Taylor Decker is entering the final year of his rookie deal after the Detroit Lions drafted him with the 16th overall pick in the 2016 NFL Draft. The Lions already showed some faith in him by exercising his fifth-year option for the 2020 season, but the potential for a contract extension looms this summer. A left tackle is not cheap in this business, but Decker isn’t thinking much about that right now.
“I know it’s on the horizon, but it’s not really something that’s been at the forefront of my mind, (or a) huge focus,” Decker said in a virtual press conference on Thursday. “Obviously, it’s coming along in the future, it’s going to be important to me. But whenever that happens, that happens. I leave that to my agent. That’s why he gets paid.”
According to Decker, there hasn’t been any significant talks between his agency and the Lions, but Detroit has made it clear that they like him.
“Nothing major,” Decker said of the talks. “I mean, obviously, ‘Hey, we like you. We like you,’ sort of thing, but nothing major.”
This offseason, Decker joined a new sports agency led by former NFL offensive lineman LeCharles Bentley. Not only is this agency specialized in serving only offensive lineman, but Bentley also owns the gym that Decker trains at every offseason in Arizona—including this year.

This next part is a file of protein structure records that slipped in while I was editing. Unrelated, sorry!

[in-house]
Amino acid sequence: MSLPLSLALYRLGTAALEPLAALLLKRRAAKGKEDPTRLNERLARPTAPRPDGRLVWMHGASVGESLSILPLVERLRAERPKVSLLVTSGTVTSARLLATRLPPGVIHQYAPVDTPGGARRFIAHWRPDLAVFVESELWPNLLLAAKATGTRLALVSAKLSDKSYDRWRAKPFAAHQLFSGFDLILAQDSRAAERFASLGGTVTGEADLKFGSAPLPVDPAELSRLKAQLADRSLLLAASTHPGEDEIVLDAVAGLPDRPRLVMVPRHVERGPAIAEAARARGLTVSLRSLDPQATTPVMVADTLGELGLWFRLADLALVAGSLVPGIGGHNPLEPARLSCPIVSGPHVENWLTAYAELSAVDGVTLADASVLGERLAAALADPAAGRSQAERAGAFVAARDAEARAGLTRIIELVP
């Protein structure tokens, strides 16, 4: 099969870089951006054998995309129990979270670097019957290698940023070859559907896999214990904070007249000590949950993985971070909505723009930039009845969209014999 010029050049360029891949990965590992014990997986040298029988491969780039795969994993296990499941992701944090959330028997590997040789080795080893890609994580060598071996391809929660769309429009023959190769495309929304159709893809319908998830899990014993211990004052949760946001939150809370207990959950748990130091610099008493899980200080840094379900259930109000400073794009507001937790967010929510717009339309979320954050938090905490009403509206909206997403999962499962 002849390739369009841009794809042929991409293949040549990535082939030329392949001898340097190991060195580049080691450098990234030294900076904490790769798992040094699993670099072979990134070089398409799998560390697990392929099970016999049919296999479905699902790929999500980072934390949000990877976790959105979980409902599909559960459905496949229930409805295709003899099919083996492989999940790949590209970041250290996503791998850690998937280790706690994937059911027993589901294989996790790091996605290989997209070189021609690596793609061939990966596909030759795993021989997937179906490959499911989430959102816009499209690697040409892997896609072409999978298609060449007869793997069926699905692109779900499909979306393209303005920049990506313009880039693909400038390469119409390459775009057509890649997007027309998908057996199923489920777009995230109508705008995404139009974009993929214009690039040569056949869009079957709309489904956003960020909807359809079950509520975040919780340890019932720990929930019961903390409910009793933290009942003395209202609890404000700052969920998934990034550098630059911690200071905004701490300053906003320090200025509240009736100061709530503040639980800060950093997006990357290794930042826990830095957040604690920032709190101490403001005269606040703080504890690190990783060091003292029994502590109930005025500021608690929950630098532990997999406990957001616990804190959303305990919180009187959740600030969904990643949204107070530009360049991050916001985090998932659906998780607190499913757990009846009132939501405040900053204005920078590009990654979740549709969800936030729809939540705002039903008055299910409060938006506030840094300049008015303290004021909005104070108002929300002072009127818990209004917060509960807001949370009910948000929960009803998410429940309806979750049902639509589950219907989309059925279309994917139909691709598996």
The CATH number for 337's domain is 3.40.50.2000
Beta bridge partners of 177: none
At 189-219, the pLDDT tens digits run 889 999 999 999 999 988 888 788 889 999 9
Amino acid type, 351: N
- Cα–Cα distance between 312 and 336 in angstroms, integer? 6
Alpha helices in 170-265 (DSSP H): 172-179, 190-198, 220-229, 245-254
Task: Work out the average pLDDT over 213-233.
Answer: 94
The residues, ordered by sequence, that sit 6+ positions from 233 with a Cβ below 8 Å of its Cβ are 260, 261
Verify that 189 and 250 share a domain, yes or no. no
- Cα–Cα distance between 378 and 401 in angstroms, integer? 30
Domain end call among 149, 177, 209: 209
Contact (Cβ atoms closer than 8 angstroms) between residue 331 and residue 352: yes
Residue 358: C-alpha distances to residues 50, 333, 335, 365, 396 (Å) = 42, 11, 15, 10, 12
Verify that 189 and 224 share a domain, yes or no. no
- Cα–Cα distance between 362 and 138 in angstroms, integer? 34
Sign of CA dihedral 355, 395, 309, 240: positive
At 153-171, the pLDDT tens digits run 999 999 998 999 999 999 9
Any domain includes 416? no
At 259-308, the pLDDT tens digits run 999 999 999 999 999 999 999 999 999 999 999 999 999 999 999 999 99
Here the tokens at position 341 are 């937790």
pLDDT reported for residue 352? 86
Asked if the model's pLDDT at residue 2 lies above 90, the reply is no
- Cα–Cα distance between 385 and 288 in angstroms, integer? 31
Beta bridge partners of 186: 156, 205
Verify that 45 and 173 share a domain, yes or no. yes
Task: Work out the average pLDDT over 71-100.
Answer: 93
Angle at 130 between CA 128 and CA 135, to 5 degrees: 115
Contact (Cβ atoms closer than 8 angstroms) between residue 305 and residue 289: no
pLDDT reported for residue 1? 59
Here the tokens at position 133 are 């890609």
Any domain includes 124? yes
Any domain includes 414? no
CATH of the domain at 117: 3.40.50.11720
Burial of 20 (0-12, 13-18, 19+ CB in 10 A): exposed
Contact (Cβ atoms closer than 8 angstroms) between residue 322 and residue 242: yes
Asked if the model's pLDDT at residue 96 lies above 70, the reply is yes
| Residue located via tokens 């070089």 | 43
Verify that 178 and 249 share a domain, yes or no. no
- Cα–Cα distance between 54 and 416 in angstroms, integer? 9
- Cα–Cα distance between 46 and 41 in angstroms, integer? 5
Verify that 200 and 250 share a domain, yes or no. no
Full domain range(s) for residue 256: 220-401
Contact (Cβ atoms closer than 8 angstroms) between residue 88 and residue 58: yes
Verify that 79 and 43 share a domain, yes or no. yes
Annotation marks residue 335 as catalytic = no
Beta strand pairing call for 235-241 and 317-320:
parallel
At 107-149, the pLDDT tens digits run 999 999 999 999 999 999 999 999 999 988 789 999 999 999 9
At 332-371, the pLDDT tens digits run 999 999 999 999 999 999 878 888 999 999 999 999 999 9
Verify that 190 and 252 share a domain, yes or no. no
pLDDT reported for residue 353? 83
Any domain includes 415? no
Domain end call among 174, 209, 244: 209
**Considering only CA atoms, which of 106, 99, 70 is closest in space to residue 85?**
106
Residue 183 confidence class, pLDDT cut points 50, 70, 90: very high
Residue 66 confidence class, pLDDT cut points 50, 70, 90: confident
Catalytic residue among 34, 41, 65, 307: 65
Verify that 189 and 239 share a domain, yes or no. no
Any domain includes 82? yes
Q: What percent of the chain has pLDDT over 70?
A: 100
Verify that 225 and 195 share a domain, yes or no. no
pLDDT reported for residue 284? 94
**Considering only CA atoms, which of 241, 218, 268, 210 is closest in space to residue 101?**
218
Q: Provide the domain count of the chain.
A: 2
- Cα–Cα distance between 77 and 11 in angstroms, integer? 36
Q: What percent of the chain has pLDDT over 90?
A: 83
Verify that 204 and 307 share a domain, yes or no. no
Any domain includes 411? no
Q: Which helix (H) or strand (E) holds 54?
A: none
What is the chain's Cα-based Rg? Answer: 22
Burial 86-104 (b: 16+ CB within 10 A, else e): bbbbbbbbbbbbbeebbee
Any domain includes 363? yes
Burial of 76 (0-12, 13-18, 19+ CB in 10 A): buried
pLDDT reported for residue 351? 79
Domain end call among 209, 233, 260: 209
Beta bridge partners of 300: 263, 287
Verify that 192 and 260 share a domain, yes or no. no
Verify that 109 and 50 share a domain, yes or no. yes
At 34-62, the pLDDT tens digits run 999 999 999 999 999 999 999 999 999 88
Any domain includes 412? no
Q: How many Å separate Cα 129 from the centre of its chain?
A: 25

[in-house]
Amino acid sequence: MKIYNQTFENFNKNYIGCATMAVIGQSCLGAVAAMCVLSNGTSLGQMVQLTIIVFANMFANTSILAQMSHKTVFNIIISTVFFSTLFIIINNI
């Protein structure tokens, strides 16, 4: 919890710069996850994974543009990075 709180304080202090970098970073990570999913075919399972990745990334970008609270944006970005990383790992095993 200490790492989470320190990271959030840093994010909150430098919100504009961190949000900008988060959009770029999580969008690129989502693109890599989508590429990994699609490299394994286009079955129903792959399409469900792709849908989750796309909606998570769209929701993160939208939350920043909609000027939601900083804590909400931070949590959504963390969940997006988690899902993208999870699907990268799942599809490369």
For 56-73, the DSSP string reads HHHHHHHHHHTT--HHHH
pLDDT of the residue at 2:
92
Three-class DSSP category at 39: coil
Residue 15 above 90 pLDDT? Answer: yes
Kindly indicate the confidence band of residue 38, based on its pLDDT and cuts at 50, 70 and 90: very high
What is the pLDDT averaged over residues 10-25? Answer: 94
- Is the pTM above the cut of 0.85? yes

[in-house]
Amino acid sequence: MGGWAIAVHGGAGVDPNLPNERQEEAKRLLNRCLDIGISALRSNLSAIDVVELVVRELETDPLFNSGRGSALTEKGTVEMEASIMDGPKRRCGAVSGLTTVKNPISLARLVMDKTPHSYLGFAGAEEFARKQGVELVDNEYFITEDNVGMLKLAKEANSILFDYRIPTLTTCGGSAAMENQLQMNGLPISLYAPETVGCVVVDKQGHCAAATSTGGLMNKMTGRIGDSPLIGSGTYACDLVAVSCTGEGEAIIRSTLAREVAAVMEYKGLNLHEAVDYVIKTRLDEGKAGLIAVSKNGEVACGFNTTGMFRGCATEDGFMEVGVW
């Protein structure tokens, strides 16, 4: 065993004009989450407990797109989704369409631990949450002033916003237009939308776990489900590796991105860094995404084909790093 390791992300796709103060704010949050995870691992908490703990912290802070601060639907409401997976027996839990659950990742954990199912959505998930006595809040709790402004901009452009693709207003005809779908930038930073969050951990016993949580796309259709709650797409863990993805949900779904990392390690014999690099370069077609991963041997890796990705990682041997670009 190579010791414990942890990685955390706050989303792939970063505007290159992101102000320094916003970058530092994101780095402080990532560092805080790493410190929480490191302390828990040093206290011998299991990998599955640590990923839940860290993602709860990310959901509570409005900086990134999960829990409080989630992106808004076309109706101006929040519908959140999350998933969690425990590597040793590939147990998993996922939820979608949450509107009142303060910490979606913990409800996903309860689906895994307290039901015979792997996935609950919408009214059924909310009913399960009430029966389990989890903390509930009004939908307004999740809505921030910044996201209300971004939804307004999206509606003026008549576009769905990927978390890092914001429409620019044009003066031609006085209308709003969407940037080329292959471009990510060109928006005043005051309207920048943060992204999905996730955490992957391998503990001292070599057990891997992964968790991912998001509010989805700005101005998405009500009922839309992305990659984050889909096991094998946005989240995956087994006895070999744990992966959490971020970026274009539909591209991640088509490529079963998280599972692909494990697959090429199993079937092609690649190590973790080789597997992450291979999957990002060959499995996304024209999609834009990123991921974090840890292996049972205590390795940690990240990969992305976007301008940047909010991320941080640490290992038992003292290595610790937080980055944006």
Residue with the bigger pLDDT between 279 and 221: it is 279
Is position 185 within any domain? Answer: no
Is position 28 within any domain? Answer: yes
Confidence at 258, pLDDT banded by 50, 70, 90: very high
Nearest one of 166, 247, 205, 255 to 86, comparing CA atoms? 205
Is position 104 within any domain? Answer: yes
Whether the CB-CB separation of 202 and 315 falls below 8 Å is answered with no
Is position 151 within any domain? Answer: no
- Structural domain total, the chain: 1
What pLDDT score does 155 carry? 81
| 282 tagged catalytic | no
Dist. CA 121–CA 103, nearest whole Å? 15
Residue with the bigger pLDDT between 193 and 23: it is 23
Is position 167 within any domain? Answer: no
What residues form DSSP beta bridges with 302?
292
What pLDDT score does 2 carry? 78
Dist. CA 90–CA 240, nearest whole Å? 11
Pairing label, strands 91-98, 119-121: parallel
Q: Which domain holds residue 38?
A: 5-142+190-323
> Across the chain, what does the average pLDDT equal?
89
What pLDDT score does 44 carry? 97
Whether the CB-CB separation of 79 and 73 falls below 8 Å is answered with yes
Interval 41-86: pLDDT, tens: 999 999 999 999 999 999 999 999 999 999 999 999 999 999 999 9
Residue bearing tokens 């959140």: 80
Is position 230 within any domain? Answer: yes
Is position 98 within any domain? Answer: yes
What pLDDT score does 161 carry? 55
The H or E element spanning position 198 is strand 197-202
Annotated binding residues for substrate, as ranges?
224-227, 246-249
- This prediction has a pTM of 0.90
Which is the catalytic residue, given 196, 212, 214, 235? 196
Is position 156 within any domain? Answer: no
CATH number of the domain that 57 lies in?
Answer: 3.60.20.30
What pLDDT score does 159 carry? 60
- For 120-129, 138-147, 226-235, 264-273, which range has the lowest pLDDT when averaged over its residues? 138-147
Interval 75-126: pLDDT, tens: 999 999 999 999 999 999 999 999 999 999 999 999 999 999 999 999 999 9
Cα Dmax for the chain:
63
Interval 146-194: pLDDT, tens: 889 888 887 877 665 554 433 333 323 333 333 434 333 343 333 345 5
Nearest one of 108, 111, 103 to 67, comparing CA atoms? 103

“He’s been my No. 1 resource coming out of college to this day for my professional development, for my development as a man,” Decker said of Bentley. “I look up to him a lot, and he’s been a great resource that’s always shot me straight. He doesn’t bullshit me. I think as far as being an offensive lineman, he’s the best in the business at what he does. So to have all of my council in house at one place, that’s invaluable to me.”
It’s unclear how much Decker may be seeking, but the most recent contract for a left tackle went to Laremy Tunsil—who inked a three-year, $66 million deal back in April. Decker isn’t likely to hit those kind of numbers, as Tunsil made the Pro Bowl last year, but he won’t come cheap, either.
That all being said, it may be a while before we hear any progression in contract talks. Lions general manager Bob Quinn typically likes to get things done late in the summer, and the current limitations on NFL franchises could play a factor, too.
“So far there’s been a lot of challenges with the whole quarantine, Zoom meetings, coaches not being in the buildings, us not being able to travel back,” Decker said. “So I’m sure that’s going to present challenges for that process.”